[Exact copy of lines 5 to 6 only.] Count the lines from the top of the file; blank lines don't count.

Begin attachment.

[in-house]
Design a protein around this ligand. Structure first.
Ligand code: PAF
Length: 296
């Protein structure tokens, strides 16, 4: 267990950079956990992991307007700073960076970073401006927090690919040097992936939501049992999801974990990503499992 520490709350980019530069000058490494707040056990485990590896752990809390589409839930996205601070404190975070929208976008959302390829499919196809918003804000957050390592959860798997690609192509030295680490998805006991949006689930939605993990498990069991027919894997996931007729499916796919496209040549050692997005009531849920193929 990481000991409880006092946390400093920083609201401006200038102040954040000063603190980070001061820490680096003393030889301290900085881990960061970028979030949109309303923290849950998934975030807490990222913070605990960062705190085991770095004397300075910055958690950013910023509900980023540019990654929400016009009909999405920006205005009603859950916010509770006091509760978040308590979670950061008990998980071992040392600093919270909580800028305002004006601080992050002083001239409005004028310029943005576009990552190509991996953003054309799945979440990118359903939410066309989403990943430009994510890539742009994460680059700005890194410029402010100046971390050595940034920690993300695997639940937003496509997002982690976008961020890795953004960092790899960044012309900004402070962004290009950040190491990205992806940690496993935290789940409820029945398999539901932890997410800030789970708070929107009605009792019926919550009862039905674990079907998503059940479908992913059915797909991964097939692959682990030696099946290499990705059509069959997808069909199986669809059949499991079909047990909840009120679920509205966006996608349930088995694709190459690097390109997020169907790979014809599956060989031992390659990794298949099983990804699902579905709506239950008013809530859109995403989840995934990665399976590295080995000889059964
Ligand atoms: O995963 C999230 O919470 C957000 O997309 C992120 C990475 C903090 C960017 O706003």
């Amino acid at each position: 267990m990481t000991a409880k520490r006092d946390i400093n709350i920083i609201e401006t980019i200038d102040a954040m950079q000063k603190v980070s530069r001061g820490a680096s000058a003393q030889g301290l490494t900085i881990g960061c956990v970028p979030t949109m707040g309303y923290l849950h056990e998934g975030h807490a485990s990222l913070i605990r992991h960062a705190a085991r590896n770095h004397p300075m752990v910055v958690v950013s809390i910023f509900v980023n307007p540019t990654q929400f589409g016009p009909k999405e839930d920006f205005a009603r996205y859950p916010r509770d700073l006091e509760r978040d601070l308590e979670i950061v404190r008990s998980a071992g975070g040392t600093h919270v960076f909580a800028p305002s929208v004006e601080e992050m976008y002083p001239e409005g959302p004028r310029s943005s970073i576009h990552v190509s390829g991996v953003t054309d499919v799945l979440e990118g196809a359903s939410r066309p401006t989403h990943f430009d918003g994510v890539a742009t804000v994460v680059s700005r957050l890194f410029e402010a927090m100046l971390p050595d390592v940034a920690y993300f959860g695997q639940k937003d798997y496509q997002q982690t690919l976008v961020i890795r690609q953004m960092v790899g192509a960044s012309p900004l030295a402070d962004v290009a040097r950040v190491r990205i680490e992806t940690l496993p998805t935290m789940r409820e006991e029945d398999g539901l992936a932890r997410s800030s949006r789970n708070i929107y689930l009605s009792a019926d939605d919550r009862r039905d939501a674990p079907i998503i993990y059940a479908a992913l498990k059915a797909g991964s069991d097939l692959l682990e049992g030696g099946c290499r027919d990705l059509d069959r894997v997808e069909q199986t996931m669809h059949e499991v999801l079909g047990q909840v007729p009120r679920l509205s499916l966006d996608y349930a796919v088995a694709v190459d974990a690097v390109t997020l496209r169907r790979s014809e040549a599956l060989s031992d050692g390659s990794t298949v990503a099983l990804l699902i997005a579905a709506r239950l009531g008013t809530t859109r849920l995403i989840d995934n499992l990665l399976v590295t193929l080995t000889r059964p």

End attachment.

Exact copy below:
């Protein structure tokens, strides 16, 4: 267990950079956990992991307007700073960076970073401006927090690919040097992936939501049992999801974990990503499992 520490709350980019530069000058490494707040056990485990590896752990809390589409839930996205601070404190975070929208976008959302390829499919196809918003804000957050390592959860798997690609192509030295680490998805006991949006689930939605993990498990069991027919894997996931007729499916796919496209040549050692997005009531849920193929 990481000991409880006092946390400093920083609201401006200038102040954040000063603190980070001061820490680096003393030889301290900085881990960061970028979030949109309303923290849950998934975030807490990222913070605990960062705190085991770095004397300075910055958690950013910023509900980023540019990654929400016009009909999405920006205005009603859950916010509770006091509760978040308590979670950061008990998980071992040392600093919270909580800028305002004006601080992050002083001239409005004028310029943005576009990552190509991996953003054309799945979440990118359903939410066309989403990943430009994510890539742009994460680059700005890194410029402010100046971390050595940034920690993300695997639940937003496509997002982690976008961020890795953004960092790899960044012309900004402070962004290009950040190491990205992806940690496993935290789940409820029945398999539901932890997410800030789970708070929107009605009792019926919550009862039905674990079907998503059940479908992913059915797909991964097939692959682990030696099946290499990705059509069959997808069909199986669809059949499991079909047990909840009120679920509205966006996608349930088995694709190459690097390109997020169907790979014809599956060989031992390659990794298949099983990804699902579905709506239950008013809530859109995403989840995934990665399976590295080995000889059964
Ligand atoms: O995963 C999230 O919470 C957000 O997309 C992120 C990475 C903090 C960017 O706003």